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Sleepy Jazz Scene Shows Signs of Awakening

May 16, 2010

A recent Sunday afternoon jazz matinee at Café Royale was a sleepy affair. About 15 people, most of them middle-aged, sat around this ramshackle downtown San Francisco bar sipping tea and wine while a saxophone, drum and bass trio played a mellow mixture of mostly standards. The noise of rustling bags of pistachios and yogurt-covered pretzels, which several audience members had taken along for snacks, accompanied the polite applause at the end of each number. Anyone who stopped by the Café Royale that afternoon to take the pulse of the local jazz scene would have reason to declare it faint.

Clichés about jazz’s being a dying art form — the province of a generation reminiscing about the “good old days” of smoky clubs in the Fillmore district and North Beach — linger in the Bay Area. And, as is the case elsewhere around the country, the local jazz vista isn’t what it once was.

“San Francisco still has some tremendous musicians,” said Ken Bullock, who runs the monthly jazz matinee at Café Royale. “But for decades, the city hasn’t been a great place for them to have a real public face.”

Yet the city’s most visible presenter of the genre, SFJazz (which oversees the annual San Francisco Jazz Festival, among other events), coupled with a simmering — if not quite bubbling — underground scene, is working to keep jazz alive. And things may be looking up: SFJazz recently announced plans to build a 35,000-square-foot jazz performance and education center in Hayes Valley.

Since its founding in 1983, SFJazz has been a nomadic organization, presenting shows in places like the Herbst Theater, Davies Symphony Hall and the Masonic Center. Since 2004 it has developed its own successful band, the SFJazz Collective, whose members have included Joshua Redman, Dave Douglas, Joe Lovano and Nicholas Payton.

The SFJazz Center, scheduled to break ground next year and to open in fall 2012, will be home to most of the organization’s concerts. The building, designed by Mark Cavagnero Associates Architects, will include a 700-seat auditorium with a thrust stage and a multi-use black-box space, as well as rehearsal and recording facilities and a cafe.

The local jazz world is excited. “The new center will bring a lot of focus to the scene,” said Marcus Shelby, the renowned Bay Area bassist and bandleader. “It will also help jazz gain the same level of respect around here that classical music does.”

The decision to build the center near most of the city’s cultural institutions, including the San Francisco Symphony, Ballet and Opera, and the Herbst Theater, is a canny move. The location could raise SFJazz’s profile among the wealthy arts patrons who frequent the area. According to SFJazz, which is nonprofit, it earns around 60 percent of its budget from ticket sales and about 40 percent from contributions. An anonymous $20 million donation kicked off the construction of the building.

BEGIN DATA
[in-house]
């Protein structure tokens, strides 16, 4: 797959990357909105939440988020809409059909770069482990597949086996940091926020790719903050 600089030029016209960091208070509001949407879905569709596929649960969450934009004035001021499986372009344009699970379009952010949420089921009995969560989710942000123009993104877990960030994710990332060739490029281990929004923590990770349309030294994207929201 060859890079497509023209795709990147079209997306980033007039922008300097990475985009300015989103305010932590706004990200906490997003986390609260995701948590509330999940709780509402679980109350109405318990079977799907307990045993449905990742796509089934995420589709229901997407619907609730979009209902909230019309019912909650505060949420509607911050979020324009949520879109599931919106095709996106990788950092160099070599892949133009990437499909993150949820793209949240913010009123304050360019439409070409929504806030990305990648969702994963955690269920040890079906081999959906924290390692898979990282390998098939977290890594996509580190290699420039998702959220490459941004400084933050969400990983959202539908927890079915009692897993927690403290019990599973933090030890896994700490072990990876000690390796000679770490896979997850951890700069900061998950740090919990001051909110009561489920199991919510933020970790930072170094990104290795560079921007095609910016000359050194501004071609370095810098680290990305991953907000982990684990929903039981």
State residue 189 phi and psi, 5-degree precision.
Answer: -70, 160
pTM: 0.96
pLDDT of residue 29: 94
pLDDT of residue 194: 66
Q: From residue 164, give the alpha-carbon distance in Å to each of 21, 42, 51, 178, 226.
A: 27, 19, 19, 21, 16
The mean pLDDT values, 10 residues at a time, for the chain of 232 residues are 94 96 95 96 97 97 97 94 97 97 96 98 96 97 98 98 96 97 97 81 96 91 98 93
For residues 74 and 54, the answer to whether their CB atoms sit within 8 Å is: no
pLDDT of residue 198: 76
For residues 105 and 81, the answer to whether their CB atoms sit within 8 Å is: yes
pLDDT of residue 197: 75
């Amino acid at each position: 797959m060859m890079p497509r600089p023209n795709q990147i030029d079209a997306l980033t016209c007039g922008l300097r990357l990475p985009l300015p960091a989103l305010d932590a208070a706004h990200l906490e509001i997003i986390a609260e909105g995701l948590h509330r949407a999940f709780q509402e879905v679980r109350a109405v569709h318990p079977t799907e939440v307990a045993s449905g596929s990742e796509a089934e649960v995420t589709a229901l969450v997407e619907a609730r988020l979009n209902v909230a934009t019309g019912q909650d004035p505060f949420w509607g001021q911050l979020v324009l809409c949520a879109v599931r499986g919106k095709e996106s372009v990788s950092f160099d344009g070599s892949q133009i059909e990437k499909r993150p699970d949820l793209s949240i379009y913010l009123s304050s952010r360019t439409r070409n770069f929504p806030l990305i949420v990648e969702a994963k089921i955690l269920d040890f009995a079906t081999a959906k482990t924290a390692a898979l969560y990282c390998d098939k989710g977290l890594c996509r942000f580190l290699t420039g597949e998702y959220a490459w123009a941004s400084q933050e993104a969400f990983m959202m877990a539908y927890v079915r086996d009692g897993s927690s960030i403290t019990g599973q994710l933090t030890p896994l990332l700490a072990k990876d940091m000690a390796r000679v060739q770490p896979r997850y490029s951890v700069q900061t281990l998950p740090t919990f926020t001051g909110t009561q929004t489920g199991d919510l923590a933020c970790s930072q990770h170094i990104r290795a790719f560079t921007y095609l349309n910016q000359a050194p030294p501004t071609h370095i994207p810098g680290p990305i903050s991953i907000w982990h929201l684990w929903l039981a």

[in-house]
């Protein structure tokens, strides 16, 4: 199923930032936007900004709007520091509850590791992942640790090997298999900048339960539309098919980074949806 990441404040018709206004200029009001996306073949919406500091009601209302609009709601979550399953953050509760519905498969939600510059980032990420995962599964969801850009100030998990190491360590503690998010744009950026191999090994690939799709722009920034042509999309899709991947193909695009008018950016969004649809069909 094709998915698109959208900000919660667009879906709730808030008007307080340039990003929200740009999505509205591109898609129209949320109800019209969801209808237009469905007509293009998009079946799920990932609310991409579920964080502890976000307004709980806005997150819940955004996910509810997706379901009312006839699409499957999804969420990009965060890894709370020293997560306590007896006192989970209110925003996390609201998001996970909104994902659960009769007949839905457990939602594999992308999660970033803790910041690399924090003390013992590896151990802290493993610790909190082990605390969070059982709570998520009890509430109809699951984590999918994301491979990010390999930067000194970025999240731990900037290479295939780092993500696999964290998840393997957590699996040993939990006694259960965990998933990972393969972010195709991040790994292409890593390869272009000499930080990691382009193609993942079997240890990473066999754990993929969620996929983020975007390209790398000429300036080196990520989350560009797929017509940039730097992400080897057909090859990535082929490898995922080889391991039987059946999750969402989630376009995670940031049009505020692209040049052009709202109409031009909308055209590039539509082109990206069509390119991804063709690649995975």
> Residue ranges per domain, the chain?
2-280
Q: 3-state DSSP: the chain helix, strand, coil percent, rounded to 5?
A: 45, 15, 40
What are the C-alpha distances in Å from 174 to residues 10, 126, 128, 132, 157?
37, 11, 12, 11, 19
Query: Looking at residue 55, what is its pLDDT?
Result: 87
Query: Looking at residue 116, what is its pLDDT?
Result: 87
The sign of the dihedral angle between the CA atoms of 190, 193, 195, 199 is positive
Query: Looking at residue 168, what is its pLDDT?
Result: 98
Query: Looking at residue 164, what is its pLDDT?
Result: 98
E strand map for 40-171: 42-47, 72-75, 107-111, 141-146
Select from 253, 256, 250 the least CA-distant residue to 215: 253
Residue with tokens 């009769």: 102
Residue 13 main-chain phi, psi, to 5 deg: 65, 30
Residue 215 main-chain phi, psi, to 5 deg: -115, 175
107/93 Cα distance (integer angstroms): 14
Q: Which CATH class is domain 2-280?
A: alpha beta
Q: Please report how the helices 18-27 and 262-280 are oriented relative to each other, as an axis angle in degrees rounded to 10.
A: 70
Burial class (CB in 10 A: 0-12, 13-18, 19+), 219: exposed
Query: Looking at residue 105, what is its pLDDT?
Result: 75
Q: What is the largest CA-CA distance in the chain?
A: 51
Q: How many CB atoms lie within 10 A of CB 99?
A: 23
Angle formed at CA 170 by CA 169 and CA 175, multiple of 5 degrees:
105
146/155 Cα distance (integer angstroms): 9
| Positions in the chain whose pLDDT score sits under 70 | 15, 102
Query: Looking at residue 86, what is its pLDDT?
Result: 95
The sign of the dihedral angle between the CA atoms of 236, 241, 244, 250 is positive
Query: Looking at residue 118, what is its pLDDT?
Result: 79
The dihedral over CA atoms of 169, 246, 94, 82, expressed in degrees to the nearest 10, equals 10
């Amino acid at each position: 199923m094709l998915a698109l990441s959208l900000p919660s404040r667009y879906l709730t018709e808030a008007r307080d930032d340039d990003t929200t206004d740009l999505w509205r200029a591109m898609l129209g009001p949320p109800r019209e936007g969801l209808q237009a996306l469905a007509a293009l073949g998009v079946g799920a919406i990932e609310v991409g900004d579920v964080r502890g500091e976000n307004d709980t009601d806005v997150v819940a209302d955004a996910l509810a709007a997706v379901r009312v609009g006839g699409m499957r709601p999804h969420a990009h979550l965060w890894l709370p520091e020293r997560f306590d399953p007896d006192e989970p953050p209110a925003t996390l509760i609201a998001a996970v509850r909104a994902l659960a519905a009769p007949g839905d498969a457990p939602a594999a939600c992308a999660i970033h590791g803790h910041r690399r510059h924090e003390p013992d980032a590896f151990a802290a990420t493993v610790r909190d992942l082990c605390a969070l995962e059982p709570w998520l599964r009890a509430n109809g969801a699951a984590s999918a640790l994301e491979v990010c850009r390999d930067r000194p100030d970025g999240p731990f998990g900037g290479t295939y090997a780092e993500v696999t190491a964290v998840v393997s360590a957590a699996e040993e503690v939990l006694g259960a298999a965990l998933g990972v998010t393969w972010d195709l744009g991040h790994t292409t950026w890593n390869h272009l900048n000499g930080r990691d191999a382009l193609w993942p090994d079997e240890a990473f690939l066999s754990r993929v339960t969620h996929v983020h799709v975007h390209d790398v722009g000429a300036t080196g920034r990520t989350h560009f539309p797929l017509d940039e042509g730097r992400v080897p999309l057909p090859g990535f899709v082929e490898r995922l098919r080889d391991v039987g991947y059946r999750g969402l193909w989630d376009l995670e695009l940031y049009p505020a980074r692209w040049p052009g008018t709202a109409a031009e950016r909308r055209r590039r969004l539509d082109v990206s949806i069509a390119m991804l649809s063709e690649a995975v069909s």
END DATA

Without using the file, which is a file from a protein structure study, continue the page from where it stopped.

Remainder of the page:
In addition, the Hayes Valley location may allow the center to develop its own identity, away from the Fillmore district, the city’s designated “jazz heritage” area. This isn’t a bad result, considering the Fillmore’s somewhat Disneyfied atmosphere these days. Hailed as the “Harlem of the West” from the 1930s to 1950s, the neighborhood had nightspots hosting performances by luminaries like Ella Fitzgerald, Louis Armstrong, Billie Holiday, Charlie Parker and John Coltrane.

But urban redevelopment in the 1960s closed most of the clubs and drove away many of the musicians. The influx in recent years of jazz clubs like Rasselas and Yoshi’s, (the sister club of the Yoshi’s in Oakland), as well as cultural organizations like the San Francisco Jazz Heritage Center, have somewhat revived the neighborhood’s musical traditions. But the shiny-looking upscale facades and interiors lack intimacy.

The creation of a unified hub for jazz in San Francisco will certainly create better brand recognition for SFJazz, but it also has the potential to generate a more diverse community of artists. Because the new center will be more accessible by public transportation than it would be in, say, North Beach, people might visit in greater numbers. Audiences will have a choice among large-scale auditorium concerts, workshops and intimate recitals, or simply hanging out in the cafe. The educational component may also draw in younger musicians (including those from the San Francisco Conservatory of Music).

A new generation of presenters is also gradually helping to cultivate younger audiences. Local impresarios, like Adam Theis, the founder of Jazz Mafia, a loose musical collective, are producing soirees that are proving popular among young audiences. An unannounced tribute to Stevie Wonder and James Brown at the Coda Lounge last Tuesday featured a 20-piece band, five singers and three rappers and attracted a capacity audience of 150.

“The Bay Area has always been one of the top places in the country for jazz musicians,” Mr. Theis said. “But the scene these days is happening mostly underground.”

“Hotplate,” SFJazz’s monthly concert series at the Amnesia Lounge, a hip Mission club, asks local artists and groups like Joe Bagale, Wil Blades and Le Jazz Hot to reinterpret the work of jazz greats, including Sun Ra, Jimmy Smith and Django Reinhardt. These casual and lively events, which have sold out each month since the series began last September, are packed with people in their 20s and 30s.

By forging organizational partnerships, focusing on younger crowds and looking beyond traditional definitions of the art form to include jazz-influenced genres like soul, blues and funk, the scene may well survive and even flourish.



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